Anyway, let's not let the troll steer this forum and instead let's talk about current news, technology and when appropriate, past technical history.

    If you agree with me, please respond!

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  12. the thing i like about Dr. fossum is that he's able to draw on his own vast experience and communicate it effectively so that a non-engineer like myself can get maximum benefit from his analysis. one of the reasons i like this blog so much besides vlad canvassing the internet for excellent articles and his input on them, is that Dr. fossum is here to comment on them.

    Dr. fossum, when you've done as much as you have in the cis space, you're bound to have jealous people attack you. it's just an irrational cost of your status. please continue to post like you have, i'd really appreciate it.

    EK

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  13. The speed is not unique as EF said, and anybody who paid attention would remember these:

    http://image-sensors-world.blogspot.com/2010/04/fast-sensors-standoff.html

    The pixel rates have been far exceeded, but what is truly unique, indeed, is that Sony has brought this to the consumer.

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  14. Yes, I agree that personal assault should be prohibited. The only question is how to enforce it. Now I'm trying a new tactic and block IP addresses where these comments come from using Blogger spam filter. Let's see if it works. Meanwhile the 16:54 comment will disappear in a minute.

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  15. Dr. Fossum's comment is unfair to other engineers and researchers having worked hard on CIS. Science follows always helicot ascension. He has to be more humble and please don't give comments without estimate for others' work. I still remember that Cypress guys have designed a 16-bit flash ADC in one of their sensors, it should also be considered as impressive in circuit design ... The past is past and we have to look ahead, new era with new heros!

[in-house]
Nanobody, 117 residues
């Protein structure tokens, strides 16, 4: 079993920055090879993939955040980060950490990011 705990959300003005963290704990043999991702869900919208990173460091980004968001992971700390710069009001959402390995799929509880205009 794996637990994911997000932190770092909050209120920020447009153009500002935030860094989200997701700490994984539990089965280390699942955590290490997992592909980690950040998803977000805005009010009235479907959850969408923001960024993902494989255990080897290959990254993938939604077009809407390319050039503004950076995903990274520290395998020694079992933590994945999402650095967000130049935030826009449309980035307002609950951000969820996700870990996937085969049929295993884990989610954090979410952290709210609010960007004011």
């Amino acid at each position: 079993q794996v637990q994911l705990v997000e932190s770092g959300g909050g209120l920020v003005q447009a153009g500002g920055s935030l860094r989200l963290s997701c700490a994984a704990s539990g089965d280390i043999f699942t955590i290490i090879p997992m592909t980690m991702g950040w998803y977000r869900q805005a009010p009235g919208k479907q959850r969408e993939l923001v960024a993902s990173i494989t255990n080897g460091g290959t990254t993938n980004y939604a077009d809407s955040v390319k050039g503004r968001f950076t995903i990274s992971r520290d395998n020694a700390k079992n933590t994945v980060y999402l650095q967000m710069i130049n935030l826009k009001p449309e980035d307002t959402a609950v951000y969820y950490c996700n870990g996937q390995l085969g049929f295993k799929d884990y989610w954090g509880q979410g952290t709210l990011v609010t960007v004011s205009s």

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  16. @ 20:35 These are analog out sensors, whereas the Sony sensor spoken off is digital out - quite important difference.

    And then the shutter type of the Sony sensor is rolling, just like the old and mighty PBMV40 - also an important difference in design and operation with already mentioned CY (OnSemi) VITA25k and CMOSIS CMV12000 global shutter sensors...

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  17. I see more and more high resolution-high speed sensors...Is there any objective to reach (e.g. ultra high definition television with 33Mpixels, 240f/s)? What are the potential applications which justify the higher costs?

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  18. Adi:
    I'd imagine the demand is for contrast detection autofocus at full resolution.

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  19. @ 23:58 Cypress guys have designed a 16-bit flash ADC in one of their sensors

    This is just no true. They had 10 bits flash ADC with hardly 7 bits ENOB at full speed.

    Back to the topic, any link to an image actually taken at full speed with the Sony sensor?

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  20. Apparently this is the same sensor presented at ISSCC few days ago:

    http://image-sensors-world.blogspot.com/2010/11/isscc-2011-abstracts-published.html

    A 17.7Mpixel 120fps CMOS Image Sensor with 34.8Gb/s Readout

    A 17.7Mpixel CMOS image sensor with a 27.5mm optical format realizes 120fps at 12b using 90nm CMOS. This sensor achieves 2.75e-rms random noise at 12b, 120fps with a maximum data rate of 34.8Gb/s. The 16 channels of scalable low-voltage signaling I/F with embedded clock operate at 2.376Gb/s each and the single-slope ADC ramp generator runs at 2.376GHz.

    May be Sony has shown the images at the conference.

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  21. If its 27.5mm sensor, this will be an APS-C/Super 35mm sensor.

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  22. I agree with Eric.

    @ "the single-slope ADC ramp generator runs at 2.376 GHz"

    I'm skeptical about this. Even if this figure is the counting speed, with a 12-bit count this implies a 580 kHz fundamental frequency for the ramp generator. That's in the ballpark for 120 fps with digital CDS for arrays of this size, but I think it would be challenging to get sufficient ramp linearity at 580 kHz.

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  23. On further thought, it is probably a challenge that is overcome with a large area and power budget. Very interesting stuff, this.